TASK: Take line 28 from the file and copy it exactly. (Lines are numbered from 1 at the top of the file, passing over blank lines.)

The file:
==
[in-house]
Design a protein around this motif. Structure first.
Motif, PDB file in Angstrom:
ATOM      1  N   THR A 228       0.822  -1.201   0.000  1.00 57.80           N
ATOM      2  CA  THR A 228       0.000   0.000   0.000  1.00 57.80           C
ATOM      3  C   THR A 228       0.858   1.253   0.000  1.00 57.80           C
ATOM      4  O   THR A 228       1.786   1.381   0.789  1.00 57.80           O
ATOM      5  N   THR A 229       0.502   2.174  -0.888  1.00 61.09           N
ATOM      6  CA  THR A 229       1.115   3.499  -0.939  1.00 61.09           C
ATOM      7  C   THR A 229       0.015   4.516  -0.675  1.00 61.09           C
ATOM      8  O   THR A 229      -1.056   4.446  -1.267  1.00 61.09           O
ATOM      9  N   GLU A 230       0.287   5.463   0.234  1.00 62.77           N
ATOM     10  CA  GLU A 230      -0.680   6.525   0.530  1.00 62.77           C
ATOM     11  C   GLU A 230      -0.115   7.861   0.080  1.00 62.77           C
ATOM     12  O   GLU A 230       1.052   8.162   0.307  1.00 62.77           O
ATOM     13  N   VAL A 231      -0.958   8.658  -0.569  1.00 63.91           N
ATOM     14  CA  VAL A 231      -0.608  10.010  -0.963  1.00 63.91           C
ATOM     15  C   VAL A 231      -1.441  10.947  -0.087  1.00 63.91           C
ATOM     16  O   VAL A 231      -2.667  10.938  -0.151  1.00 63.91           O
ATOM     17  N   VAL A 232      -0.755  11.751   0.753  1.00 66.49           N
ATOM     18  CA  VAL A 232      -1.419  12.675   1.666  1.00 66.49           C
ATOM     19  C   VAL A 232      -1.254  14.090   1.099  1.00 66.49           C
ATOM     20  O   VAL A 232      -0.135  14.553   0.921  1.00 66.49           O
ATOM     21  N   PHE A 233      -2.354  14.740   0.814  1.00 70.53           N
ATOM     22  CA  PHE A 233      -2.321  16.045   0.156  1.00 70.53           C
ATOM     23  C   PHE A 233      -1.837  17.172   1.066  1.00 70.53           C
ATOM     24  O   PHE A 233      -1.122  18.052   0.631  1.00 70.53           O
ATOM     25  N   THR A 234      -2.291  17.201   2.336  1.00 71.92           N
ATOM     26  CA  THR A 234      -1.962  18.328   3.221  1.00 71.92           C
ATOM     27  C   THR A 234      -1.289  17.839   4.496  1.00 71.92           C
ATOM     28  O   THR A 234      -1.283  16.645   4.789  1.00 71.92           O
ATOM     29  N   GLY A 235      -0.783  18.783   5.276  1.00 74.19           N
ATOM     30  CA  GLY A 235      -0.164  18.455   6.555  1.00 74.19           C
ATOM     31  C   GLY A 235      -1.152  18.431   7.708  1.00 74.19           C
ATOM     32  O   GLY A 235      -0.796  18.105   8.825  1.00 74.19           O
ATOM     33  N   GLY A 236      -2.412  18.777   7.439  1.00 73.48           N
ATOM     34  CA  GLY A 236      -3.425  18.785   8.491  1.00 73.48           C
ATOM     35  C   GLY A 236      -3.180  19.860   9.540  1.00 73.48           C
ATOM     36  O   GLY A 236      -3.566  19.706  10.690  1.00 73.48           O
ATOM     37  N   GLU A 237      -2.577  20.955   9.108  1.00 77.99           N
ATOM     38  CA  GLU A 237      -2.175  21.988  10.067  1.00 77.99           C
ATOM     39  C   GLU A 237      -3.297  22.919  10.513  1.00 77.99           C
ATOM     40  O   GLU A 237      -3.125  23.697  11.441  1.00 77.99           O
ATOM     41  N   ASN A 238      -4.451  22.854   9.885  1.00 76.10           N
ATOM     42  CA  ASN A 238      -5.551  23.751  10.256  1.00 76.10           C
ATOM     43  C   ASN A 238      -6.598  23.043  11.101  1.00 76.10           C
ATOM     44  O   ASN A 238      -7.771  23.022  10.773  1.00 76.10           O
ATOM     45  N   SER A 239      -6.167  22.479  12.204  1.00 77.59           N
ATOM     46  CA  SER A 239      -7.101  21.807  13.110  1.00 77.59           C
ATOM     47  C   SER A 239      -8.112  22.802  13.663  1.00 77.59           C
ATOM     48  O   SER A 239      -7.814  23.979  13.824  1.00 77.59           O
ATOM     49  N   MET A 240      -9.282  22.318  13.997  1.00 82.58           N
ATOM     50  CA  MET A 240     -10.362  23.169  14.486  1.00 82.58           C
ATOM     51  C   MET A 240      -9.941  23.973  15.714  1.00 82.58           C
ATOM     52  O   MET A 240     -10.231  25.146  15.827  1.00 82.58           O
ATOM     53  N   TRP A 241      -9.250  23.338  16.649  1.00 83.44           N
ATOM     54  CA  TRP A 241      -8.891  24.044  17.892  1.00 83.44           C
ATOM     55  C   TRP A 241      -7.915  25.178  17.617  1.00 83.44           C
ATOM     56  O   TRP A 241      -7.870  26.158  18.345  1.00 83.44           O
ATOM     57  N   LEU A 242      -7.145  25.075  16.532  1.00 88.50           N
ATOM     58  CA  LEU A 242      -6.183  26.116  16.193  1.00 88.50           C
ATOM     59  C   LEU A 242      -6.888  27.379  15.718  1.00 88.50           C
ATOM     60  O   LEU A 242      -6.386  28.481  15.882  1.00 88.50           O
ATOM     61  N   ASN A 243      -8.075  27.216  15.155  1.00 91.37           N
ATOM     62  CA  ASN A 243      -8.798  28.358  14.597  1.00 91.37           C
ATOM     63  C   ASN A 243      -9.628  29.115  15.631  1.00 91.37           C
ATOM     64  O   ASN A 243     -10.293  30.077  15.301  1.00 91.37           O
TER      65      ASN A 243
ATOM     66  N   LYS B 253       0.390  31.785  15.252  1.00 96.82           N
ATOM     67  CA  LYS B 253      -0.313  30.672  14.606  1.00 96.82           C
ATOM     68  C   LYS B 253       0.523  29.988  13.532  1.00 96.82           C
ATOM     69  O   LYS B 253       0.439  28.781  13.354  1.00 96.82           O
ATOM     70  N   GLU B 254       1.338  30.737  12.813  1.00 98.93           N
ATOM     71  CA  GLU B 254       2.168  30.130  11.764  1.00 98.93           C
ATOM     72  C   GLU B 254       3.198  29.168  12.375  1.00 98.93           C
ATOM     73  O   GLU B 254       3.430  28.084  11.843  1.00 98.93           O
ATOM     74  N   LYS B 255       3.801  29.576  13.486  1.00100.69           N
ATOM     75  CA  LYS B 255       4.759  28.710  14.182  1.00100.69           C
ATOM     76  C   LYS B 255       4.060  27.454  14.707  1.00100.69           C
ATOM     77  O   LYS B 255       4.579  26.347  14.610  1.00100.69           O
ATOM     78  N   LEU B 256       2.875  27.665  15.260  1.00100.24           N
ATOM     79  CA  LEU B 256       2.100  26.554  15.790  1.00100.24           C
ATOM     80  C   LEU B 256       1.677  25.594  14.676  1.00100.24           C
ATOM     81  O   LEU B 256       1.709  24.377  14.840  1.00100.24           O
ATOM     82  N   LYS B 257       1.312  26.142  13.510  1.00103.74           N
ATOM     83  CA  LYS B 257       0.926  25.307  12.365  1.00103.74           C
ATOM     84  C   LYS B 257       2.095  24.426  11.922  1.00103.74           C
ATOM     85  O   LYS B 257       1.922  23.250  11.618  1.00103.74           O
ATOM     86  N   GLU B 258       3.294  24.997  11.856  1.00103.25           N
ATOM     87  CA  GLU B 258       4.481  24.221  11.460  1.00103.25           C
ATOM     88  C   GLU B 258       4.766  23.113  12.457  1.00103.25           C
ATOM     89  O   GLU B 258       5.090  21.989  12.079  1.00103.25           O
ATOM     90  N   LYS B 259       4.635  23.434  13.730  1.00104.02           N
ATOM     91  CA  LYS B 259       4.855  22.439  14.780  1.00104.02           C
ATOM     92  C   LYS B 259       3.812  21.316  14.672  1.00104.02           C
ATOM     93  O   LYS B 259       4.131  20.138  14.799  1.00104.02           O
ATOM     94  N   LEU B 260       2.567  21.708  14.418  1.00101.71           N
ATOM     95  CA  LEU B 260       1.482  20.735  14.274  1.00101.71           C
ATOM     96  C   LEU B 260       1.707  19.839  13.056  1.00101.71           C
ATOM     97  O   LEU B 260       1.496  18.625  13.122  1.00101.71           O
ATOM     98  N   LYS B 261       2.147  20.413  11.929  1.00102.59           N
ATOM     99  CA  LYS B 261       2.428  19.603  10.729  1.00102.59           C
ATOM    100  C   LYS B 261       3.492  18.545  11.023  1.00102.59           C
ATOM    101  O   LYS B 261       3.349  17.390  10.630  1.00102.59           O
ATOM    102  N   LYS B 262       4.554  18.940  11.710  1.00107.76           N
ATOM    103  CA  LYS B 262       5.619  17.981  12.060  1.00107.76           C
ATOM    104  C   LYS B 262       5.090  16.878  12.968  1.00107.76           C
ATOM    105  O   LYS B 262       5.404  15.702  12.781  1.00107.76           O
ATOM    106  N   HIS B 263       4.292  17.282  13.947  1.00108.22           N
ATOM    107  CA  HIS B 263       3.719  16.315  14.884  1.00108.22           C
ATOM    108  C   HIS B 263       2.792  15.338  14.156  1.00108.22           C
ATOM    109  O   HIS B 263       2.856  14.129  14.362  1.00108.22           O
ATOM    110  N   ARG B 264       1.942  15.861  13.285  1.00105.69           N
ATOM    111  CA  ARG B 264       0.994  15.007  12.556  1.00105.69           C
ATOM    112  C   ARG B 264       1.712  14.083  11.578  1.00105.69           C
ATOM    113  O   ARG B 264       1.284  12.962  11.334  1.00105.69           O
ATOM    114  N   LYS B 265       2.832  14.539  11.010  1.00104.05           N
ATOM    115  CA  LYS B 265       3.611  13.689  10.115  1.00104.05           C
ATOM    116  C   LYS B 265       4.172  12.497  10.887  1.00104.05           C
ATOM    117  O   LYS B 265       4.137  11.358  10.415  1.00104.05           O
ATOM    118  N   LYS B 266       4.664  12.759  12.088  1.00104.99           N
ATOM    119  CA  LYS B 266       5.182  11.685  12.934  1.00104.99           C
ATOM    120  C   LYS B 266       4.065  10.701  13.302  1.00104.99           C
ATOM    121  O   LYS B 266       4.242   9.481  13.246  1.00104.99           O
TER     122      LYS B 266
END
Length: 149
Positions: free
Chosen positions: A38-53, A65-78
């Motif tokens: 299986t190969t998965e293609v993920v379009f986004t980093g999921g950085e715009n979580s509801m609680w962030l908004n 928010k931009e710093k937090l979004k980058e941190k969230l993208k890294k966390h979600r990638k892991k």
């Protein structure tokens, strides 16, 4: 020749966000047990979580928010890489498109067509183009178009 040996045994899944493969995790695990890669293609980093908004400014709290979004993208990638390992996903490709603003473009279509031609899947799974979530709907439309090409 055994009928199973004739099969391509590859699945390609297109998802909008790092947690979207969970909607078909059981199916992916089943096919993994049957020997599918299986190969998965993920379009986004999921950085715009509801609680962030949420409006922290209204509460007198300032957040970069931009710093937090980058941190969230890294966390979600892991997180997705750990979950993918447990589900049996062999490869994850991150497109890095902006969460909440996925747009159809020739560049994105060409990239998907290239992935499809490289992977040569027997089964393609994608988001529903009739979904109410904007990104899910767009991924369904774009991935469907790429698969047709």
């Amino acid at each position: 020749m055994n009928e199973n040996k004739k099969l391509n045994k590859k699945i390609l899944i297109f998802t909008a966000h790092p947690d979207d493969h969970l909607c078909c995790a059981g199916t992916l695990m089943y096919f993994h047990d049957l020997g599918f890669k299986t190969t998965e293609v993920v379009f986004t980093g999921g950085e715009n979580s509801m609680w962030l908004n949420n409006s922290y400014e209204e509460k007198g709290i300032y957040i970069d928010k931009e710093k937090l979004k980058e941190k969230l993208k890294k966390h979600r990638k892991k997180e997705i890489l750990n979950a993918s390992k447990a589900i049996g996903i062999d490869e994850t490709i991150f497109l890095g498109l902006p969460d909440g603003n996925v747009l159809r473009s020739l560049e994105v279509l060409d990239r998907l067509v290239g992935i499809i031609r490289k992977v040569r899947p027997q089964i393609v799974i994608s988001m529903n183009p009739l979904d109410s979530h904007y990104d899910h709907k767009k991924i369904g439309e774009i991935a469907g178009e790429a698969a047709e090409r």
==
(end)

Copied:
ATOM     25  N   THR A 234      -2.291  17.201   2.336  1.00 71.92           N